In 1685, the fort was taken by the Mughal emperor Aurangzeb, and Dharwad, on the break-up of the Mughal empire, fell under the sway of the Maratha Peshwa of Pune. In 1764, the province was overrun by Hyder Ali of the Mysore, who in 1778 captured the fort of Dharwad.[1] The fort was retaken in 1791 by the Marathas. After the final defeat of the Peshwa by the British in 1818, Dharwar was incorporated into the territory of the British East India Company's Bombay Presidency. During the early 19th century, when the British were expanding their domains, they faced a lot of opposition from local rulers, including Baba Saheb of Naragund and Kittur Chennamma. Dharwad was independent before 1947.

GeographyEdit

ClimateEdit

Hubli-Dharwad has a tropical wet and dry climate. Summers are hot and dry, lasting from late February to early June. They are followed by the monsoon season, with moderate temperatures and a large amount of precipitation. Temperatures are fairly moderate from late October to early February, with virtually no rainfall. Hubli is 750 meters above sea level. The average yearly rainfall is 838 mm.[2]

Climate data for Hubli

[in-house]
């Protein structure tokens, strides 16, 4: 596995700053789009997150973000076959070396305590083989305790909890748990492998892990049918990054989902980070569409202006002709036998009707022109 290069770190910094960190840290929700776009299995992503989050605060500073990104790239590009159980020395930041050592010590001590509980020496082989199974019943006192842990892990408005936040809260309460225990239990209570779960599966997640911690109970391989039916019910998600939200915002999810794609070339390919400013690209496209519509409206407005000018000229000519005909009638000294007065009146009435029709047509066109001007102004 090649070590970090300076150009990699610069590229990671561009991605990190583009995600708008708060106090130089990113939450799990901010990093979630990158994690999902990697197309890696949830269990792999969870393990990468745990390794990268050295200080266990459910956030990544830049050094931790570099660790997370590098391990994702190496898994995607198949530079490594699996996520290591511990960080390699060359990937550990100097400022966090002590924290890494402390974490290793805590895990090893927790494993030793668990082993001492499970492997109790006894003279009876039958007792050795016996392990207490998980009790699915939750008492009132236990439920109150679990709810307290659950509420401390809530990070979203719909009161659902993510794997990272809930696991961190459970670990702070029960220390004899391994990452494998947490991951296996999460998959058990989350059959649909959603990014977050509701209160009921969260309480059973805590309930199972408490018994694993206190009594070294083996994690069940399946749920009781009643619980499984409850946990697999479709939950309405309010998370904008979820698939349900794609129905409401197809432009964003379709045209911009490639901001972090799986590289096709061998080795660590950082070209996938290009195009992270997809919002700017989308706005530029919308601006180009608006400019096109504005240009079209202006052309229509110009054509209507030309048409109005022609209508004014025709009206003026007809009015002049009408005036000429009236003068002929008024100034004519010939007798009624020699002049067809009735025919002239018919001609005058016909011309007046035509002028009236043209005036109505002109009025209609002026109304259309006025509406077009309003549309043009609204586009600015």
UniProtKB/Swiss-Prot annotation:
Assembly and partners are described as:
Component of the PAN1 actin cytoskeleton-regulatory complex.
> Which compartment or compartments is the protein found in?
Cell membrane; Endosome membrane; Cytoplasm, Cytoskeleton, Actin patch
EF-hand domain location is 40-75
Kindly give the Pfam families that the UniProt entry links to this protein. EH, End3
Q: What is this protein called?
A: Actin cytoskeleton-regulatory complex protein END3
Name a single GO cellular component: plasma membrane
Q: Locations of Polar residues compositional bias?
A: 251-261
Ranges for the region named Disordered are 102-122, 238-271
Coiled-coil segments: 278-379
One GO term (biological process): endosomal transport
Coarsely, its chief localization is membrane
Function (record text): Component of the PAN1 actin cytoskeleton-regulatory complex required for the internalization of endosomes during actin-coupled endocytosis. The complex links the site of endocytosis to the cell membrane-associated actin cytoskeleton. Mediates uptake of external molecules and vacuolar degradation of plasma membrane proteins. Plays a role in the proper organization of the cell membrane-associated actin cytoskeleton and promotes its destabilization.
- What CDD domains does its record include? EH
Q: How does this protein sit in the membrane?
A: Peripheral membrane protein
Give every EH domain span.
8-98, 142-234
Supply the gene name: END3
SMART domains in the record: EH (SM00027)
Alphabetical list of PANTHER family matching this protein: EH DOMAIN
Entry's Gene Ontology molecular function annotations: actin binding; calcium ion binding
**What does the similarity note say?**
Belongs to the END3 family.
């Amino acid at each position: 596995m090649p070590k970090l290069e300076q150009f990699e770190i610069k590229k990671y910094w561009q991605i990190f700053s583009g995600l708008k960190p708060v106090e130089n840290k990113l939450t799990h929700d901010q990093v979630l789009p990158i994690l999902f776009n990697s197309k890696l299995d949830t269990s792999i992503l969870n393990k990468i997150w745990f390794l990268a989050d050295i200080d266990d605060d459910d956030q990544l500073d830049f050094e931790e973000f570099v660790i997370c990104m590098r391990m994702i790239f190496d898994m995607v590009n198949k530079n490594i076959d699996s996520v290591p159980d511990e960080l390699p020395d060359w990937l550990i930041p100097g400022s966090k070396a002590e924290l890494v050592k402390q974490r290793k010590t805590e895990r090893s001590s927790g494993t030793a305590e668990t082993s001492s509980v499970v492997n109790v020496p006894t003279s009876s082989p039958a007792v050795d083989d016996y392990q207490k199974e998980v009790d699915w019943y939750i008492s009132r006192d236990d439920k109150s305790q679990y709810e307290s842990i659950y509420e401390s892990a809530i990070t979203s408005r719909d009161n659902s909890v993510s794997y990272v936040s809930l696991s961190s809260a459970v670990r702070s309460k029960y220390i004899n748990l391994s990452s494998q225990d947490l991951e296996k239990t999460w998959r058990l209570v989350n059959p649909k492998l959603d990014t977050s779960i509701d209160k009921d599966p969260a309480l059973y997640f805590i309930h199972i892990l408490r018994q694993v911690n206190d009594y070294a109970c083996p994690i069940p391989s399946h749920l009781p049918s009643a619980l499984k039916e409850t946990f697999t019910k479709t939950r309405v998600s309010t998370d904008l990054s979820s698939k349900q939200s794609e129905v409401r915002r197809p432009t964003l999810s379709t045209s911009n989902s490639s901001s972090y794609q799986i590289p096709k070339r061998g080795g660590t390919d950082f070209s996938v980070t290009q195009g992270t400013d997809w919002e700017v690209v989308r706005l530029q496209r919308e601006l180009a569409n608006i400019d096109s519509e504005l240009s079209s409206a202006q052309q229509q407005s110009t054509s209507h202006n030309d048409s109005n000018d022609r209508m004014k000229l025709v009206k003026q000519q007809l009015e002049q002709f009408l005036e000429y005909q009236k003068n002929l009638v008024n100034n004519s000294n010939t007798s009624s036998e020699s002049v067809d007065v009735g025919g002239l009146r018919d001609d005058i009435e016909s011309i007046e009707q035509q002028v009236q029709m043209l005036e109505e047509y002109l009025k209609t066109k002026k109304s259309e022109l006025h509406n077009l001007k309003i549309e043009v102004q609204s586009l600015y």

Month Jan Feb Mar Apr May Jun Jul Aug Sep Oct Nov Dec Year
Average high °C (°F) 29.1
(84.4)
31.7
(89.1)
34.5
(94.1)
40.0
(104.0)
38.5
(101.3)
28.2
(82.8)
25.9
(78.6)
25.6
(78.1)
27.7
(81.9)
29.2
(84.6)
28.7
(83.7)
28.2
(82.8)
30.6
(87.1)
Average low °C (°F) 14.5
(58.1)
15.7
(60.3)
18.6
(65.5)
27.0
(80.6)
25.0
(77.0)
20.9
(69.6)
20.9
(69.6)
20.2
(68.4)
19.6
(67.3)
18.8
(65.8)
16.5
(61.7)
14.3
(57.7)
19.3
(66.8)
Average rainfall mm (inches) 0
(0)
0
(0)
10
(0.4)
40
(1.6)
60
(2.4)
150
(5.9)
210
(8.3)
200
(7.9)
110
(4.3)
60
(2.4)
30
(1.2)
0
(0)
870
(34.4)
Source: [3]

DemographicsEdit

Population Growth of Hubli–Dharwad 
CensusPopulation
190181,143
191191,03112.2%
1921100,99210.9%
1931124,39823.2%
1941143,50415.4%
1951196,18036.7%
1961248,48926.7%
1971379,16652.6%
1981527,10839.0%
1991648,29823.0%
2001786,19521.3%
2011943,85720.1%
Source: Census of India[4]
Population Growth of Hubli 
CensusPopulation
190159,913
191161,4402.5%
192166,7728.7%
193183,49425.0%
194195,51214.4%
1951129,60935.7%
1961171,32632.2%
2001533,820
Source: Census of India[4][5]
Population Growth of Dharwad 
CensusPopulation
190121,230
191129,59139.4%
192134,22015.6%
193140,90419.5%
194147,99217.3%
195166,57138.7%
196177,16315.9%
2001252,375
Source: Census of India[4][5]